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What does the ntvdm error message "The Win 16 Subsystem has insufficent resources to continue running. Click on OK, close your applications, and restart your machine." mean, and how can it be prevented?

(Interestingly, but presumably unrelated to the problem, the dialog box displaying the message is actually owned by the session's csrss.exe process.)

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Under what context are you getting this message? Please be specific. – user3463 Jan 11 '11 at 20:41
What I can make up: Win16 subsystem = the DOS emulation layer within WinXP The message means it somehow ran out of ressources (most probably memory), or maybe some component it depends on ran out of memory How to prevent it: Hard to say without details on applications used, etc – Marcus Jan 11 '11 at 21:00
@Randolph: Running a 16-bit windows app (which I thought was clear from the "Win 16 Subsystem" bit). In particular, it was happening with a freecell.exe copied from Windows 98 (along with the needed 16-bit version of cards.dll), but presumably most any 16-bit windows app would have sufficed. – SamB Jan 12 '11 at 0:08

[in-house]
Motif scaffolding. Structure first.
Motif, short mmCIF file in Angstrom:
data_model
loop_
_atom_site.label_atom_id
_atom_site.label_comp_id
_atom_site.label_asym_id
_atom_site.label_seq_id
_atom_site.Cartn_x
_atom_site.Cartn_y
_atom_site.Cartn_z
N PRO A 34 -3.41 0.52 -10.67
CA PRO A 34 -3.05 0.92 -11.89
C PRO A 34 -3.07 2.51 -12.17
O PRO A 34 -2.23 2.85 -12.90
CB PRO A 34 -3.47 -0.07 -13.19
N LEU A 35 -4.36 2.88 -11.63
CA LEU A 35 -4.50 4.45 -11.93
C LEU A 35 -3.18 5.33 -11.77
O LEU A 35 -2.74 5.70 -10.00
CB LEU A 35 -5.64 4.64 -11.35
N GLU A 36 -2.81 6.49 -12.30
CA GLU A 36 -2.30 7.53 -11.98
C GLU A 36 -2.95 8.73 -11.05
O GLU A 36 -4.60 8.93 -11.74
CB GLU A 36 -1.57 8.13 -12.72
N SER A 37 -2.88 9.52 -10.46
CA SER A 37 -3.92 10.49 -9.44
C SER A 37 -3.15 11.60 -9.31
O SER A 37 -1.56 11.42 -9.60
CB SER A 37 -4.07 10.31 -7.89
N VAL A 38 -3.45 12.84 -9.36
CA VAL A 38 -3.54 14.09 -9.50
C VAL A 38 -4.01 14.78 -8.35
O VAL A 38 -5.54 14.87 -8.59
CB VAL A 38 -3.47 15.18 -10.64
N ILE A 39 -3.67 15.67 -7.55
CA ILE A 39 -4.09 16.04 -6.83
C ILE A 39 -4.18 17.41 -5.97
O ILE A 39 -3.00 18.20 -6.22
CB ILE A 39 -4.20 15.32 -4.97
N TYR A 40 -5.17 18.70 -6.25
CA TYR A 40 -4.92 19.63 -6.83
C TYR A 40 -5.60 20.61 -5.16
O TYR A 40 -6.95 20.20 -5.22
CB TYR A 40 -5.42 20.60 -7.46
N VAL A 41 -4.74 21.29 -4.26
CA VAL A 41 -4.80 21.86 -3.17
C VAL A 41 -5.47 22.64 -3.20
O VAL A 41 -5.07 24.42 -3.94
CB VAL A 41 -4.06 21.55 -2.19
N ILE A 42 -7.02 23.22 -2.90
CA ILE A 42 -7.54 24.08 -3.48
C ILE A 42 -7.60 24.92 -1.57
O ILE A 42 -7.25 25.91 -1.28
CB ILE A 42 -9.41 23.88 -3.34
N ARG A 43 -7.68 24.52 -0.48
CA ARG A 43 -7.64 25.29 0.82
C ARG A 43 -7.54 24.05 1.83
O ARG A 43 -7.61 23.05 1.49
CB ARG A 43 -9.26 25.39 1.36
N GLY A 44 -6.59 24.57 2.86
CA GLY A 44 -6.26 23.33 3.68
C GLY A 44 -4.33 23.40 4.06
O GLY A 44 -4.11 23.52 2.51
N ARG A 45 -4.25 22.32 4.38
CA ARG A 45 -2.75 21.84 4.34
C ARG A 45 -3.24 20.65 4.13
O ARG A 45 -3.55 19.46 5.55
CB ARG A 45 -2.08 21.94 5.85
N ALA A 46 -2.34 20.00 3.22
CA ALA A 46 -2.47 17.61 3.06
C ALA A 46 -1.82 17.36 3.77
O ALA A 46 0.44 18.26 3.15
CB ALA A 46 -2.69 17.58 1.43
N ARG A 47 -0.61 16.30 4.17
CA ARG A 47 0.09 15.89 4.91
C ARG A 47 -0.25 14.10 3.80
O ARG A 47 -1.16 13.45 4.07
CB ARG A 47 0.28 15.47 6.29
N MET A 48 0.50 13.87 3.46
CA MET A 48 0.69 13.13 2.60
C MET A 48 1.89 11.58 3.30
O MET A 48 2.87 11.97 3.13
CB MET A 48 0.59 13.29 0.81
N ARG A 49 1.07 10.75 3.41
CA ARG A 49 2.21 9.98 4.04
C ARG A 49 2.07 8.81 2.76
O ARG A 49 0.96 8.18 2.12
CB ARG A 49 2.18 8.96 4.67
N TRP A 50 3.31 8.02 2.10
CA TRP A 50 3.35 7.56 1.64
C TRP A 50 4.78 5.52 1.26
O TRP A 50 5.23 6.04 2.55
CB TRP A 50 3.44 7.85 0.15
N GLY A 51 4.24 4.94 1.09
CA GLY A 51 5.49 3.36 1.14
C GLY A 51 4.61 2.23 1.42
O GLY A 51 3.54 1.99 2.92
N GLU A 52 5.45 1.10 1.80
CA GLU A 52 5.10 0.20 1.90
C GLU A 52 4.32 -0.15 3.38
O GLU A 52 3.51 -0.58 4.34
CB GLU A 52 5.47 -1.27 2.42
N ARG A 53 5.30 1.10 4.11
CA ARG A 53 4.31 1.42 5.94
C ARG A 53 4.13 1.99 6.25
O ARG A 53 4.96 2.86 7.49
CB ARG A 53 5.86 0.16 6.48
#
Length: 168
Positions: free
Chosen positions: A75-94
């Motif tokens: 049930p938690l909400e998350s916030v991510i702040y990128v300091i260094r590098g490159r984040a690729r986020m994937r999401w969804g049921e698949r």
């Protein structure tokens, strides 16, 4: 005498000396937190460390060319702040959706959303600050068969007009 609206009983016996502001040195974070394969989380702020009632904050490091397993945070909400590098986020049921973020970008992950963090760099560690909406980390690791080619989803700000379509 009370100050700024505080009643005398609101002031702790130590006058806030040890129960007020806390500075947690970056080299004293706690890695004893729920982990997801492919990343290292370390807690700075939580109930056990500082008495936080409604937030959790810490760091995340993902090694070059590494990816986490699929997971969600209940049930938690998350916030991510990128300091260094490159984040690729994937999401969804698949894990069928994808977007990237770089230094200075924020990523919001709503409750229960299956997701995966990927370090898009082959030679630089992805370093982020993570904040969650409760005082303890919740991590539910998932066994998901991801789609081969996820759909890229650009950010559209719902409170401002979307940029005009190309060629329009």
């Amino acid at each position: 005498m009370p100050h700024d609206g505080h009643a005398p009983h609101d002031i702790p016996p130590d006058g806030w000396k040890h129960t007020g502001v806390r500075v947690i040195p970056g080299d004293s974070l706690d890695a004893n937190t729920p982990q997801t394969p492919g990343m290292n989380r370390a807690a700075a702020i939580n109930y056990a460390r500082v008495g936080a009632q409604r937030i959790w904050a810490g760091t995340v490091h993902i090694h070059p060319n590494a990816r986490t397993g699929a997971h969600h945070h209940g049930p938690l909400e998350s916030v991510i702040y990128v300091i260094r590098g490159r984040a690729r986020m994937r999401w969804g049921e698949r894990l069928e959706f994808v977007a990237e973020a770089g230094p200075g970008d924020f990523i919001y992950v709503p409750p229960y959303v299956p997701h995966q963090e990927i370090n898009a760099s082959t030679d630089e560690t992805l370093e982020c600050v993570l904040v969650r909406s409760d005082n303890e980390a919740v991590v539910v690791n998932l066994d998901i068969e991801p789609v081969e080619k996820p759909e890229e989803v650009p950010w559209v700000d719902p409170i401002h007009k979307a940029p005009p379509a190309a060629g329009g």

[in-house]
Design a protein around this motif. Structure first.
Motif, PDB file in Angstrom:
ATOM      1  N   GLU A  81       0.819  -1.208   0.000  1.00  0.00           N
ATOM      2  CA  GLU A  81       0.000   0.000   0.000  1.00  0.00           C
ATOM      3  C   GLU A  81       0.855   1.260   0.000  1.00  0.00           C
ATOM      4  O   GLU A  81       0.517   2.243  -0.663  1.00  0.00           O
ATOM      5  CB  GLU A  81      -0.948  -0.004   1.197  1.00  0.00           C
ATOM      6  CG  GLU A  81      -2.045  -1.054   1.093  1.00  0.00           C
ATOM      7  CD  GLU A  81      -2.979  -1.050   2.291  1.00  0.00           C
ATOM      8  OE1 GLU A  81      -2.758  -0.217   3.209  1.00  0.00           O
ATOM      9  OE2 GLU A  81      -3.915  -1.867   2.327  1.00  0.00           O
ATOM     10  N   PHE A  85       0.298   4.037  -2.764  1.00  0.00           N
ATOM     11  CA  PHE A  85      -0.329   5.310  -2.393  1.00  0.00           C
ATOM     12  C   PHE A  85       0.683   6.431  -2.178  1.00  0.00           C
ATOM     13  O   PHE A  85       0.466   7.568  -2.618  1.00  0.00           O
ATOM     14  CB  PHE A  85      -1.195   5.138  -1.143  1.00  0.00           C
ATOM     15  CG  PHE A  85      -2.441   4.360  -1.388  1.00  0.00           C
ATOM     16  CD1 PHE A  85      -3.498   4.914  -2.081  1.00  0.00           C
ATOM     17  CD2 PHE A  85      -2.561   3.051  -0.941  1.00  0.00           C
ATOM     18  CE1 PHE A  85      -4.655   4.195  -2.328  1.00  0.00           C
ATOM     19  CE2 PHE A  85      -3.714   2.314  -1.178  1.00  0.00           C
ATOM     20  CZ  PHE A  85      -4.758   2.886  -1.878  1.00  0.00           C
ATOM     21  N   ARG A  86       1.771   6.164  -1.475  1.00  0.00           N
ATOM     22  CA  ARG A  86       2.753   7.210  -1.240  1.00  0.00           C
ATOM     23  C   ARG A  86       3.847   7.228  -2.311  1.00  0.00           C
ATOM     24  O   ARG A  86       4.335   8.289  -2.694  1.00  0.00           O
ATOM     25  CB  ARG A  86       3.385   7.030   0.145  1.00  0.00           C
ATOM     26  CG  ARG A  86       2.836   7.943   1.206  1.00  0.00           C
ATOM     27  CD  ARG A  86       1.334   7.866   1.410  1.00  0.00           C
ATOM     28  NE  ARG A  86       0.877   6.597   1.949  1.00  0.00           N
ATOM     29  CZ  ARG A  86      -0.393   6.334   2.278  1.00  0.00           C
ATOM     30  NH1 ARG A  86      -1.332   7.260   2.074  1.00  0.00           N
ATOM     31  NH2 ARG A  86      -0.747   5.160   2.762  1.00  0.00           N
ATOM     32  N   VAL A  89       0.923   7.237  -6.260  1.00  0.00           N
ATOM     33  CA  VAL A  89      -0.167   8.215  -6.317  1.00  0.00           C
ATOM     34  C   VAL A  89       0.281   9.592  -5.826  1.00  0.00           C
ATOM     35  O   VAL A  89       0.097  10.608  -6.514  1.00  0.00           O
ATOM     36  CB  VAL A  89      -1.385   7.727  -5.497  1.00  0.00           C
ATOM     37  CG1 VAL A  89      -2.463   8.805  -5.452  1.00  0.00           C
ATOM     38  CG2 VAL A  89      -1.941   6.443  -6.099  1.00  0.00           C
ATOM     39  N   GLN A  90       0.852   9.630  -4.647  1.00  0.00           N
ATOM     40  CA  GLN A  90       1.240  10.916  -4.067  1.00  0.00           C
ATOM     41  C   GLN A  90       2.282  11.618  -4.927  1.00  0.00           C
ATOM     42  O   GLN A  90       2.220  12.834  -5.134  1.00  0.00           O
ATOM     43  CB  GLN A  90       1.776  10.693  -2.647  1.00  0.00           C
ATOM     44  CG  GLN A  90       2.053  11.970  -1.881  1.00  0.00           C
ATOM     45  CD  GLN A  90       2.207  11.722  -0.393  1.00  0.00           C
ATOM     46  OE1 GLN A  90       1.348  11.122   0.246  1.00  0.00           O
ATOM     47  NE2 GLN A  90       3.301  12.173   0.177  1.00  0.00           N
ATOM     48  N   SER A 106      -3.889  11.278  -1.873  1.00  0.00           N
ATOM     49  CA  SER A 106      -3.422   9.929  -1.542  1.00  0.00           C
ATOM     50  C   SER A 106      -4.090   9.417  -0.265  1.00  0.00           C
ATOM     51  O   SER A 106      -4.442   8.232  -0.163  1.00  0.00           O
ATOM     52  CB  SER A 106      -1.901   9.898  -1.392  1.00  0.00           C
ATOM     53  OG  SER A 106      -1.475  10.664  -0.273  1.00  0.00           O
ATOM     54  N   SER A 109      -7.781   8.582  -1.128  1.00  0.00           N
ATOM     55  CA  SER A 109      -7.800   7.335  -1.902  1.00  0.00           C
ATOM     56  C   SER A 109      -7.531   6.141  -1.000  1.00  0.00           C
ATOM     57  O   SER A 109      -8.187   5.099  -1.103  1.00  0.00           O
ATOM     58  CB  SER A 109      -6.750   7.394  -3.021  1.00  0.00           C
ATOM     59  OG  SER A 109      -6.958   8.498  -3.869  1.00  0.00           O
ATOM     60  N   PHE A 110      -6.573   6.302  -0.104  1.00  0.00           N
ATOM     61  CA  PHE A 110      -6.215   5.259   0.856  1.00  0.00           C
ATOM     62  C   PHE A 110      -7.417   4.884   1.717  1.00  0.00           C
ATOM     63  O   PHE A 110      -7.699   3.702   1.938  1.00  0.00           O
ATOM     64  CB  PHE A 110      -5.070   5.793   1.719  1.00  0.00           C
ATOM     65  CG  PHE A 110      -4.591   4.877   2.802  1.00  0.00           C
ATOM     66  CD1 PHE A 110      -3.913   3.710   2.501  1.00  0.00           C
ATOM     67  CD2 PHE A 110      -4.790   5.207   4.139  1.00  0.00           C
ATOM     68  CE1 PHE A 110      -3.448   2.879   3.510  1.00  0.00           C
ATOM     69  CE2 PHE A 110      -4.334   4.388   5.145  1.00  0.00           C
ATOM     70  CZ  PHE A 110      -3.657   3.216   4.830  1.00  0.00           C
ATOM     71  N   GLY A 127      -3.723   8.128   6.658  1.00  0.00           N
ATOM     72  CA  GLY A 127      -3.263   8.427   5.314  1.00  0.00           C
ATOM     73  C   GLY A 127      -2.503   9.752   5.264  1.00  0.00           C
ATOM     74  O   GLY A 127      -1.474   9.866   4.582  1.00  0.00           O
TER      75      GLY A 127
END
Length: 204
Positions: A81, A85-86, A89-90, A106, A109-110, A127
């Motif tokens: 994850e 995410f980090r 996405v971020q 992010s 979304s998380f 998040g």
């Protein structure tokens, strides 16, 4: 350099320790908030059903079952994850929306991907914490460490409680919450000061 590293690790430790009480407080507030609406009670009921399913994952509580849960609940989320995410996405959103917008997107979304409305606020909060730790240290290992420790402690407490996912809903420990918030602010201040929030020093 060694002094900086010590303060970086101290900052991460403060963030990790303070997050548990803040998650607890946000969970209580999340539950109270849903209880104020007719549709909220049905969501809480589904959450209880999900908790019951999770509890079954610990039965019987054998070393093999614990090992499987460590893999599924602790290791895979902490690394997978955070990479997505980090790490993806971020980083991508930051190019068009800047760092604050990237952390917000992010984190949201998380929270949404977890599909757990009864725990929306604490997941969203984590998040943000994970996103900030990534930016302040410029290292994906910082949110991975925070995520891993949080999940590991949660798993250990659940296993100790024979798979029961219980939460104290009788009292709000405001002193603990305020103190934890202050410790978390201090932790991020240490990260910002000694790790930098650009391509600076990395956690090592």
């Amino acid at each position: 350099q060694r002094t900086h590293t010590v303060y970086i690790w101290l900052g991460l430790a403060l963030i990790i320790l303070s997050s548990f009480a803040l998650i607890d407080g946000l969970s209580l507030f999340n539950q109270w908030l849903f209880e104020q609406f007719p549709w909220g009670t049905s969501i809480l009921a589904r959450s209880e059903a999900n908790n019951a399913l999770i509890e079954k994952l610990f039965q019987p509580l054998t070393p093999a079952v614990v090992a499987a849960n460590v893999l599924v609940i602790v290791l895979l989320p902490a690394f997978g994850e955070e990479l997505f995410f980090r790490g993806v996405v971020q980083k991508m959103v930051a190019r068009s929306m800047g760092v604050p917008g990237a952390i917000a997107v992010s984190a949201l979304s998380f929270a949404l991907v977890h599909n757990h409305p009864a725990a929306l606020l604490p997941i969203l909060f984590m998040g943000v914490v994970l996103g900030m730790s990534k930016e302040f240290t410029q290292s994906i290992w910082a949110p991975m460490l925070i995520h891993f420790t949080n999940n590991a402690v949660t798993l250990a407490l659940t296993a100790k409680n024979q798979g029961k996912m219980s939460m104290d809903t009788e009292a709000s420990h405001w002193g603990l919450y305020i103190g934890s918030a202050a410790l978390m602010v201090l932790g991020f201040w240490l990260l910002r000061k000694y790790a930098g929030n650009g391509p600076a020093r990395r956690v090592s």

It's not sufficient information to replicate the error on my side. Are you running Windows Vista? Windows 7? Server 2003 R2? WINE? My point is, is the problem the same for any 16-bit app you're running? What happens with compatibility mode? I can't make myself any more clear. – user3463 Jan 12 '11 at 4:11

1 Answer 1

According to, this error messages occurs when GDI returns a handle higher than 16383 for a call made on behalf of a 16-bit Windows program. The handles could go up to 65535, but evidently they get right-left-shifted by 2 bits before being returned to the 16-bit app for some reason (presumably compatibility with something).

Before Windows XP, this couldn't happen, as only 16384 GDI objects were allowed to exist in any given session, but with XP the limit was increased to 65536 GDI objects. Since GDI evidently only allocates a new handle number when all lower handle numbers are in use, this can only actually occur if over 16384 GDI objects ever exist at the same time in the session.

Rebooting would generally remedy this situation, assuming that automatically-started programs don't eat through the first 16384 handles right off the bat.

If "fast user switching" is enabled, another option would be to log out, log some other account (e.g. "guest") in, and log in again. (The important thing here is to end up with a fresh "session"; if you weren't running in "session 0" to start with, the "log some other account" step is irrelevant.)

The linked page also offers a patch to remove the shifts from wow32.dll. Be warned, though: as the page says, applying this patch might be illegal; furthermore, it might be dangerous, and would certainly break whatever app(s) the shift was added for in the first place.

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